According to its mission statement, the ICRC is an “independent, neutral organization ensuring humanitarian protection and assistance for victims of war and armed violence. It takes action in response to emergencies and at the same time promotes respect for international humanitarian law and its implementation in national law.” As the head of Operations for the Americas, Danzi embarked on the arduous challenge of summarizing the status of violence in the hemisphere, which varies greatly by country. It was repeatedly emphasized that recent international homicide rates are in decline, except in Latin America, where the rate is more than double the global average.
Danzia explained the capacity of the ICRC to hold a leadership role in humanitarian issues in the hemisphere, through coordination with non-governmental organizations (NGOs) and national chapters of the Red Cross in individual countries, as well as through other supranational organizations, such as the United Nations (UN) and the Organization of American States (OAS).
For the purposes of this Project, it was necessary to inquire about the ICRC’s role, if any, in maintaining order in Haiti. While Danzia emphasized the country’s relatively low levels of homicide and kidnapping, certain social elements that were already problematic have since been exacerbated by the 2010 earthquake. The quality of life for detainees and prisoners is one such areas of concern. According to Danzia, there are approximately 9,000 individuals currently being held in detention, with each allotted approximately 1.5 square feet of space in detention centers. This is not only physically infeasible, because it necessitates such things as rotating sleep schedules, but also results in inadequate supplies of water, food and medical care. Most significantly, it is a violation of international humanitarian law.
For those interested in Haitian development, the status of detention centers is something to watch. For further information on the Red Cross’s initiatives, visit the ICRC website.
Canadian Perspectives on Hemispheric Issues: Government and Diplomacy
Meghan Pierce, Undergraduate Research Assistant
Posted on January 16, 2013
On Tuesday, January 15th, the Latin American and Hemispheric Studies Program of the Elliott School of International Affairs, in collaboration with the Embassy of Canada, hosted the final session of a four-part speaker series entitled “Canadian Perspectives on Hemispheric Issues.” The closing program centered on Governance and Diplomacy issues, with Christian Ranger of the Embassy of Canada and Stephen Baranyi of the University of Ottawa as the featured speakers.
The event commenced with a description of the differentiation between US and Canadian diplomatic backgrounds, with Secretary Ranger pointing to such factors as geographic proximity, economic scale, and global notoriety as indicators of policy effectiveness. He also introduced Canada’s foreign affairs and international trade priorities of 2012, which include an emphasis on economic prosperity and job creation, contribution to effective global governance and international security, and most significantly, the expansion Canada’s engagement in the hemisphere.
Such expansion of engagement raises questions about Canada’s contact with Haiti, which Secretary Ranger described as an “exceptional relationship.” He indicated several fundamental connections that bolster the relationship, the most obvious being French as a shared national language (although the most widely-spoken language in Haiti is Kreyol). He also mentioned the importance of the Haitian immigration to Canada, especially the population of Montreal, one of the most politically significant diasporas in the country. Indeed, the 27th Governor General of Canada, Michaelle Jean, was herself a Haitian refugee in the late 1960s.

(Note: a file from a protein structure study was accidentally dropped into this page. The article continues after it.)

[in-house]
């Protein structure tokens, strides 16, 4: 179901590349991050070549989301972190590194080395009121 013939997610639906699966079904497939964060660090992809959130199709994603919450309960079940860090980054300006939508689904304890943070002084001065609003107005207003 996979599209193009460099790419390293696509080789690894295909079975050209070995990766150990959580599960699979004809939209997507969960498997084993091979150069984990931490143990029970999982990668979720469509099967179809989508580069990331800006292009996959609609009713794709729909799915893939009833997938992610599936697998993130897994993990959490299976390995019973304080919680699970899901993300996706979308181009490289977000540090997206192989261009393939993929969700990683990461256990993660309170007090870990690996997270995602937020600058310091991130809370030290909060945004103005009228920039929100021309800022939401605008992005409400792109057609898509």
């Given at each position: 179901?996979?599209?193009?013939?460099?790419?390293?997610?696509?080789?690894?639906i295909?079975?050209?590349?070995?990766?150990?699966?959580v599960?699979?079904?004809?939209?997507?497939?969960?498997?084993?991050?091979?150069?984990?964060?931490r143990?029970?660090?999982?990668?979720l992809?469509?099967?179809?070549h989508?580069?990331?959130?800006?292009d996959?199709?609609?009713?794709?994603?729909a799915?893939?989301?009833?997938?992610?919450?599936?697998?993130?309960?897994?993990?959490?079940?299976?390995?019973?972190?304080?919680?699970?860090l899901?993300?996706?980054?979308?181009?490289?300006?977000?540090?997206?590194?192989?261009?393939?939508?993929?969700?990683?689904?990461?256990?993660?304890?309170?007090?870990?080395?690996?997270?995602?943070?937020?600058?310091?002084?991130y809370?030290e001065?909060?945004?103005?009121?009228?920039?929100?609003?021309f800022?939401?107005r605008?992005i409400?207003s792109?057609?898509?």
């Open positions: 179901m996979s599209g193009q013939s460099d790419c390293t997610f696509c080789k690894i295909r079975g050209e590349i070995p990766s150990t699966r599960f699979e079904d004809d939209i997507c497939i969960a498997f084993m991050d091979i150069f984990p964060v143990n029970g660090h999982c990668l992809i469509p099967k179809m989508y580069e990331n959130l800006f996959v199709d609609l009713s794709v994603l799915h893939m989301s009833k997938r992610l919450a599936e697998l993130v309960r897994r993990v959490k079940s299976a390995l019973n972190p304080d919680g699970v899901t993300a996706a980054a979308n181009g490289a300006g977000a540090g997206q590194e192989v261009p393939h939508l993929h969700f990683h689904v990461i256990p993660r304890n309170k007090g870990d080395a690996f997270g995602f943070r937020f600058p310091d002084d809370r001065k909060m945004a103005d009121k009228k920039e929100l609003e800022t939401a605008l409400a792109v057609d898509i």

The question of Canadian aid to Haiti was also raised, given the recent decision by International Co-operation Minister Julian Fantino to temporarily discontinue all new aid projects to the Caribbean nation. The Canadian International Development Agency released a statement relaying that “while the results of specific projects have largely met expectations, progress towards a self-sustaining Haitian society has been limited. Our government has a responsibility to maximize the value of Canadian taxpayer dollars… We remain concerned with the slow progress of development in Haiti, in large part due to weaknesses in their governing institutions…We expect accountability, we expect transparency, and we expect tangible results for those most in need.”
Secretary Ranger pointed to recent belt-tightening in Canada, combined with the new economic policy emphasis, as rationale behind the aid freeze. However, like Fantino, he emphasized that certain pre-existing programs will continue, and that Canada will continue its commitment to Haiti through future projects. However, disputes surrounding the international community’s responsibility to Haiti continue to arise. With regard to his own country’s response, Mr. Fantino decried the fact that Canada has already contributed $1 billion in aid. “Are we going to take care of their problems forever? They also have to take charge of themselves.” (Source: The Globe and Mail)
This frustrated perspective appears to be echoed by other major donors, including the United States. What is more, the influx of ineffective or poorly distributed funds raises concerns of aid dependency. Theoretically, Haiti should be a promising zone for long-term development, given its geographic proximity to US and Canadian markets. However, the aid problem, combined with international perceptions of disarray and political instability in Haiti, means that is an unlikely candidate for significant international investment.